As before, all the examples are available on github. This article was part 2 in a series, if there’s a specific aspect of using Selenium you’d like to see covered in a future article let us know in the comments below.

35 thoughts on “Page Objects in Selenium 2.0

  1. Terrific series of posts! Clear easy-to-follow explanations are what we need to use the new selenium/web driver release.

    Any link to suggest on how to setup the whole selenium server / grid 2?

  2. kilapartirajival

    I’m trying to navigate to a particular iframe, and I could not get the whole source of the web app, as the view source is blocked, and i could find the source only for this particular iframe. Can you please advise me how to go about navigating to this particular iframe, and get hold of the elements in it ? Because, the elements in that iframe are not invisible to webdriver, and it keeps on giving messages that the specified element does not exist.

  3. Vishal

    I’m calling switchTo(“frame”), and then trying to find the element in that iFrame. But the execute method in the webdriver is passing me a Status Code “7”: which means “NoSuchElement An element could not be located on the page using the given search parameters.” (See: http://code.google.com/p/selenium/wiki/JsonWireProtocol#Response_Status_Codes). But my element is clearly there in that iFrame. Can you pls suggest any debugging techniques, so that I can move forward ?

  4. Vishal

    Oops, I’m really sorry. There was another iFrame hiding in this iFrame. So I switched to that iFrame after calling the first switchTo(“frame”). Now everything seems working …🙂

  5. Vishal

    Now, the problem is that I’m able to find the element, but I’m not able to expand it (or click it, so that it will expand). Below is the html tag:

    Manage Info

    Any workaround for this please ?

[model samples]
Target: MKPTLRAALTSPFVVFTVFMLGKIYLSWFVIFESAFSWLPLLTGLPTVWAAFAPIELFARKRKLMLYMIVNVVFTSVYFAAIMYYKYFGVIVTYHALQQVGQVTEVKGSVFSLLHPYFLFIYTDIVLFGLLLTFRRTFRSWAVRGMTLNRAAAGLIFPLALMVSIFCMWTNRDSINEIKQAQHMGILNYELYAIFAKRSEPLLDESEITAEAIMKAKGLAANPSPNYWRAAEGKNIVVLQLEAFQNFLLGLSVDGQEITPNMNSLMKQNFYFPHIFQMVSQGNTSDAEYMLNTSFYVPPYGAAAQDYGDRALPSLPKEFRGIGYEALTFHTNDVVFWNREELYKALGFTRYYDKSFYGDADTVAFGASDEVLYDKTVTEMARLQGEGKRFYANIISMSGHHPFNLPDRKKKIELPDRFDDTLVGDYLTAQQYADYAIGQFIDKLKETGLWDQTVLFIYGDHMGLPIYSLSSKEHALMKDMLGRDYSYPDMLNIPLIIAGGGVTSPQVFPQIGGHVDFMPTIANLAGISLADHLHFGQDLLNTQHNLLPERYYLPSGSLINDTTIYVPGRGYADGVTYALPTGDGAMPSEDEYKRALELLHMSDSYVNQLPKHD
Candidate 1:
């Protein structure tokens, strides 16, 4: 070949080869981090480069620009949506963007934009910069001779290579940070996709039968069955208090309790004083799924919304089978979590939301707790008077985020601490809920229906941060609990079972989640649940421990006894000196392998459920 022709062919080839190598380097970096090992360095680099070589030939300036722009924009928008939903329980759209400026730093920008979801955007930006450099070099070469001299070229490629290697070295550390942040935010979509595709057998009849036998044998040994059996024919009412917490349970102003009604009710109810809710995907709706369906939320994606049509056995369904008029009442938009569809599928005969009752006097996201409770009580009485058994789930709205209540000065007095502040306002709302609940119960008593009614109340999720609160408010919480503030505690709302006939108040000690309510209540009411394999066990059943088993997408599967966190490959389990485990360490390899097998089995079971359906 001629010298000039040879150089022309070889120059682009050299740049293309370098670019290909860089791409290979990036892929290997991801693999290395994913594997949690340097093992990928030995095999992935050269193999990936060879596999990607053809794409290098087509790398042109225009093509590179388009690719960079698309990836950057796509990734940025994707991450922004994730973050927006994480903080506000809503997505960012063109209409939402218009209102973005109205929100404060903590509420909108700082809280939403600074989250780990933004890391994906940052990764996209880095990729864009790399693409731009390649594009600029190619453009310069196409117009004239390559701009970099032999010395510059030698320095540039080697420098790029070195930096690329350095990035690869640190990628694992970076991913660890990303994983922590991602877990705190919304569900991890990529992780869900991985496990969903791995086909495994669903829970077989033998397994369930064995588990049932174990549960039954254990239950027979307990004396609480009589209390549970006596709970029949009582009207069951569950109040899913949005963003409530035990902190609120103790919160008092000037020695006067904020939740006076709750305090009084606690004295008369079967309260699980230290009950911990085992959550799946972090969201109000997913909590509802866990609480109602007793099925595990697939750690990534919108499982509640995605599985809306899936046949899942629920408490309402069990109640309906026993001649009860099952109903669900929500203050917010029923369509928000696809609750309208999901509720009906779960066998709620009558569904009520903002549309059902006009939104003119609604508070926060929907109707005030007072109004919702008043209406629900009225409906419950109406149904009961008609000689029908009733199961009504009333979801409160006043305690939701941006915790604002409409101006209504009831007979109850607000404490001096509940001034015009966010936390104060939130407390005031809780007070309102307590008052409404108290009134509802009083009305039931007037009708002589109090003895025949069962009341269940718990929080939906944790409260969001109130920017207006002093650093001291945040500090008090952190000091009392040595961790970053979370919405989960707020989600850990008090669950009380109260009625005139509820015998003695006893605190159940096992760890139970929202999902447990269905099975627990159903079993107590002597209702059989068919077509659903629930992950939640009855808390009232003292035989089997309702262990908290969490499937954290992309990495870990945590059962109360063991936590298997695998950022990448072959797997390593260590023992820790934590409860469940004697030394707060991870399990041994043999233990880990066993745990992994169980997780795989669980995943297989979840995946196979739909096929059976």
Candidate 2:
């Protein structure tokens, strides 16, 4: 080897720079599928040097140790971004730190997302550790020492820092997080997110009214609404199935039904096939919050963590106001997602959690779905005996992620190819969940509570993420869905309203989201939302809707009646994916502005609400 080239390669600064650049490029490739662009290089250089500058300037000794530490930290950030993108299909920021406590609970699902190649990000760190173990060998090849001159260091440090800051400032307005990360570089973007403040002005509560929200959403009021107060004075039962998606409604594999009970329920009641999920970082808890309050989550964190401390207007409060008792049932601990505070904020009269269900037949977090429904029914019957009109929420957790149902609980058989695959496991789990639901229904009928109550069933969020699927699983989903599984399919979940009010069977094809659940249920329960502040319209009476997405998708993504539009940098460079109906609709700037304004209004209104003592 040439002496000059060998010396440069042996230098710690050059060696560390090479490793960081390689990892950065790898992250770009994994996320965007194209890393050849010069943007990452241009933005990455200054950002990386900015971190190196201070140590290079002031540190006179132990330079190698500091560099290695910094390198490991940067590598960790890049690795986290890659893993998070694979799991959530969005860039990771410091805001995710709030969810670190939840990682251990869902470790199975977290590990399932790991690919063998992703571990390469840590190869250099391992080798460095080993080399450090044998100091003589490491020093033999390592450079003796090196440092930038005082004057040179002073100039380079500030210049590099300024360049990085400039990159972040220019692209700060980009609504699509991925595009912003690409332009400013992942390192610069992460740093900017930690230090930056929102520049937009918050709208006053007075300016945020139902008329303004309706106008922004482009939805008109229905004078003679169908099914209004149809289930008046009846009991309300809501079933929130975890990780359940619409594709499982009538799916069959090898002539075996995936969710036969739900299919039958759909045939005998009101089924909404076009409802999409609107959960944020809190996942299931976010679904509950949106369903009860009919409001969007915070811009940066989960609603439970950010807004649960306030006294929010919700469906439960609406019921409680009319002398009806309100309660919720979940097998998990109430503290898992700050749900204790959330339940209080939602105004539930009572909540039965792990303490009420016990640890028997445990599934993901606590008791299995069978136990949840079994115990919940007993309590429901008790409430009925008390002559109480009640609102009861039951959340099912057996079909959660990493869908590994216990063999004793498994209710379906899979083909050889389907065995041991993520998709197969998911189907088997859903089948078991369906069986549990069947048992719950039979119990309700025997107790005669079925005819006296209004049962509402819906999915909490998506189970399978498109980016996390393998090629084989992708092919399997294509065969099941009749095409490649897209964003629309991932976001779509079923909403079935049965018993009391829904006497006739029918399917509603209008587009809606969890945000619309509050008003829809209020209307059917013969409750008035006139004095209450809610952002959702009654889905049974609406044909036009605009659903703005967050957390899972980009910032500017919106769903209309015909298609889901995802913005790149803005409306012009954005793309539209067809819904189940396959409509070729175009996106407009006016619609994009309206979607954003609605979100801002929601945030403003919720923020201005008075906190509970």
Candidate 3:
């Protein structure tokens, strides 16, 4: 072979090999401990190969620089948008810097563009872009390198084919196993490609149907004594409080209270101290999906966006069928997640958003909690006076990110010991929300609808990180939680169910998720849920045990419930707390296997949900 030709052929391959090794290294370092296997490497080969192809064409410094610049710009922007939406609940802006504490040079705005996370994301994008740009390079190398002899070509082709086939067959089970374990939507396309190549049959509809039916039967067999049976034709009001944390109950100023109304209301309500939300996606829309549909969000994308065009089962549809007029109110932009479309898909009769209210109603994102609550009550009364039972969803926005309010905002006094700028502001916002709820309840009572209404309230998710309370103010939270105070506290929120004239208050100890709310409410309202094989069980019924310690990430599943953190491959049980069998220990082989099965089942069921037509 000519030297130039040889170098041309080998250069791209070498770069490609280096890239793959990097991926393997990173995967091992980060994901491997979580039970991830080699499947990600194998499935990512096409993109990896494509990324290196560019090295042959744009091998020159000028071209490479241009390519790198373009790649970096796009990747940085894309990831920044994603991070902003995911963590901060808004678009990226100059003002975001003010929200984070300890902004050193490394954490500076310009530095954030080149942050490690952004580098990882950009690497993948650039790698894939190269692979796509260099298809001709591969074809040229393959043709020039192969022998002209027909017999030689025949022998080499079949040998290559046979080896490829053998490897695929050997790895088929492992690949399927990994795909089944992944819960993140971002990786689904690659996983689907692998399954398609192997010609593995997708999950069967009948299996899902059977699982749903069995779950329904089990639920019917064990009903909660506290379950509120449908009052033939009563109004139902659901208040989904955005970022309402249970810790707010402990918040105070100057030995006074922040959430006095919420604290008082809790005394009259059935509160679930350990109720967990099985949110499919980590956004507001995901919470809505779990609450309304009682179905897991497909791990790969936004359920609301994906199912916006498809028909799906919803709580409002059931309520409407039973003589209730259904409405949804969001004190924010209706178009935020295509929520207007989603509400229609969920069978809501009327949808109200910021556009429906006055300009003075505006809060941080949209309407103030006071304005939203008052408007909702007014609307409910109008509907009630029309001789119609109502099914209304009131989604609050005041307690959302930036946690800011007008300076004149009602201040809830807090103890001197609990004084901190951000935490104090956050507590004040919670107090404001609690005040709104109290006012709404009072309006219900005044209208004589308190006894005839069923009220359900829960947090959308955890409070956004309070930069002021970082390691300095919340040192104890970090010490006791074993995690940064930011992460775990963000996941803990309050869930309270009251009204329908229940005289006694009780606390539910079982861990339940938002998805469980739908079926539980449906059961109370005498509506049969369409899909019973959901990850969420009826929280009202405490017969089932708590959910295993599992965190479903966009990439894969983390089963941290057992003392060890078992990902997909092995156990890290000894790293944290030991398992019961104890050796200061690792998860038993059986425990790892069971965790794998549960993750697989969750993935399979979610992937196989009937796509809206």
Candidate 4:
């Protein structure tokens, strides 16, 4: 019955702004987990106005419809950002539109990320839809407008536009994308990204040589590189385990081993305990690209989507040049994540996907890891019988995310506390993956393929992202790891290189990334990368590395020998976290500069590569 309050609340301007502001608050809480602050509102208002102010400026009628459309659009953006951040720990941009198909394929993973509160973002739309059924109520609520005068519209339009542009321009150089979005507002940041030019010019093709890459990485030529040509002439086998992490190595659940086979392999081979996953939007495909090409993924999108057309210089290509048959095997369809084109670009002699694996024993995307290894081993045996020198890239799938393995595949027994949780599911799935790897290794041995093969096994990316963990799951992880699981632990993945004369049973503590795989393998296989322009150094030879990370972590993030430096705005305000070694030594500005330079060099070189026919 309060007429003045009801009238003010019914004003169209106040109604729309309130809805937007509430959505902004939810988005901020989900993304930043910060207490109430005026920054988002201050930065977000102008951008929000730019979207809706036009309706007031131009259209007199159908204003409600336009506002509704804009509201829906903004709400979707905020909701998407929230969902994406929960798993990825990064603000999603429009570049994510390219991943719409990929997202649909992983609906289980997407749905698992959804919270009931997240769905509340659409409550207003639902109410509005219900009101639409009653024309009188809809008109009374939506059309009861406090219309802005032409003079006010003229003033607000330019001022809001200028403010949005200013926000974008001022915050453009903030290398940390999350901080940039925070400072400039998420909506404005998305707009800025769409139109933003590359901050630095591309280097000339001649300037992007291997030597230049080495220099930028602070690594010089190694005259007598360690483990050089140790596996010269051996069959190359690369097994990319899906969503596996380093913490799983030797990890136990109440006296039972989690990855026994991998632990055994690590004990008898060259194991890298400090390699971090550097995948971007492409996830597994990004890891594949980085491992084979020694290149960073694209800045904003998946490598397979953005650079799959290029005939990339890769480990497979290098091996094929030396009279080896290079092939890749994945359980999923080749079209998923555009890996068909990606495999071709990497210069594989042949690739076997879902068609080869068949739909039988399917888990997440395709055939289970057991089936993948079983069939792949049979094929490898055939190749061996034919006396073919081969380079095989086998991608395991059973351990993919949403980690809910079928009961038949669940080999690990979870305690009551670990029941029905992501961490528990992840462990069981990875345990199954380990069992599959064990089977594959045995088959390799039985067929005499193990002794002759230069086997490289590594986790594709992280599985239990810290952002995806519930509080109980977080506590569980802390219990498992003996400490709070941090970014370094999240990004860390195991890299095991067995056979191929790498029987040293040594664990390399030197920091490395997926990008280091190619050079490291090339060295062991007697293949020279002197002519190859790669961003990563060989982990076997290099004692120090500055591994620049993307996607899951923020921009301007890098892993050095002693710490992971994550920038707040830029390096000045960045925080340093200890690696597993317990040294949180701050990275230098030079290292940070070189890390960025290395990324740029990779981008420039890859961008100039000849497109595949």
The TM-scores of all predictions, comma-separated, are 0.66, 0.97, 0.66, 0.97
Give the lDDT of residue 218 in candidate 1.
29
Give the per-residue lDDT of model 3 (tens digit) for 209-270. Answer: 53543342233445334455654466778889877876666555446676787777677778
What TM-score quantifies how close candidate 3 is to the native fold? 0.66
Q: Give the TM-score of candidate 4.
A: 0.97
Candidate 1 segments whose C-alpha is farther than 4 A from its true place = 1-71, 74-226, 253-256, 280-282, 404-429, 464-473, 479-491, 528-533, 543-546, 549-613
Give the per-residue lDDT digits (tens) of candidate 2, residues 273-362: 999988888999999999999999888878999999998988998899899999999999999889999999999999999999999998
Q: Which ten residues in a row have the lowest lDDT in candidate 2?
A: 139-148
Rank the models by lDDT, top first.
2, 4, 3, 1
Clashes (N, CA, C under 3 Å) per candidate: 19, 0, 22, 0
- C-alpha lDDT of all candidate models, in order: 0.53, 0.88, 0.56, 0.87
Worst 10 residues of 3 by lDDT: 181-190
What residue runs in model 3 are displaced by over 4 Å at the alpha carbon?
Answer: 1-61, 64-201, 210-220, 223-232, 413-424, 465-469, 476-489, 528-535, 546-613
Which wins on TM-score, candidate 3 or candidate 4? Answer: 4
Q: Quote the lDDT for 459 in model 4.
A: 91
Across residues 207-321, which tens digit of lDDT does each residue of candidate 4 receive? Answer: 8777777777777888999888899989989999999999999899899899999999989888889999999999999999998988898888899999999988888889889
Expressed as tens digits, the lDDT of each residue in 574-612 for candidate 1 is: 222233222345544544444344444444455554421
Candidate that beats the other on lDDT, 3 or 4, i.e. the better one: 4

1. Hi Vishal – glad you got the original problem sorted. Not sure why clicking on it wouldn’t work. Are you getting an error when you call click()? There’s probably something specific about your case, I’m afraid. Without seeing much more detail I can’t really guess as to what might be going wrong.

  6. Vishal

    I’m not getting any error when i do a click. I modified the click() method to give me a return code, and it is 0, which says sucess. But however it is not clicking the span id. In my above post I’ve included the html tag, but I think this site is not allowing to post html tag content. Below is the content before clicking the element:

    (lt than)span id=”manage” class=”undefined” type=”label” xmlsrc=”” align=”left” title=”ManageInfo”(gt than)Manage Info(lt than)/span(gt than)
    (lt than)div class=”hide” type=”container”(gt than)

    After clicking the span id element, below is the tag

    (lt than)span id=”manage” class=”clsCurrentHasFocus” type=”label” xmlsrc=”” align=”left” title=”ManageInfo”(gt than)Manage Info(lt than)/span(gt than)
    (lt than)div class=”shown” type=”container”(gt than)

    Pls see the class=”clsCurrentHasFocus” and div class = “shown” after clicking the element.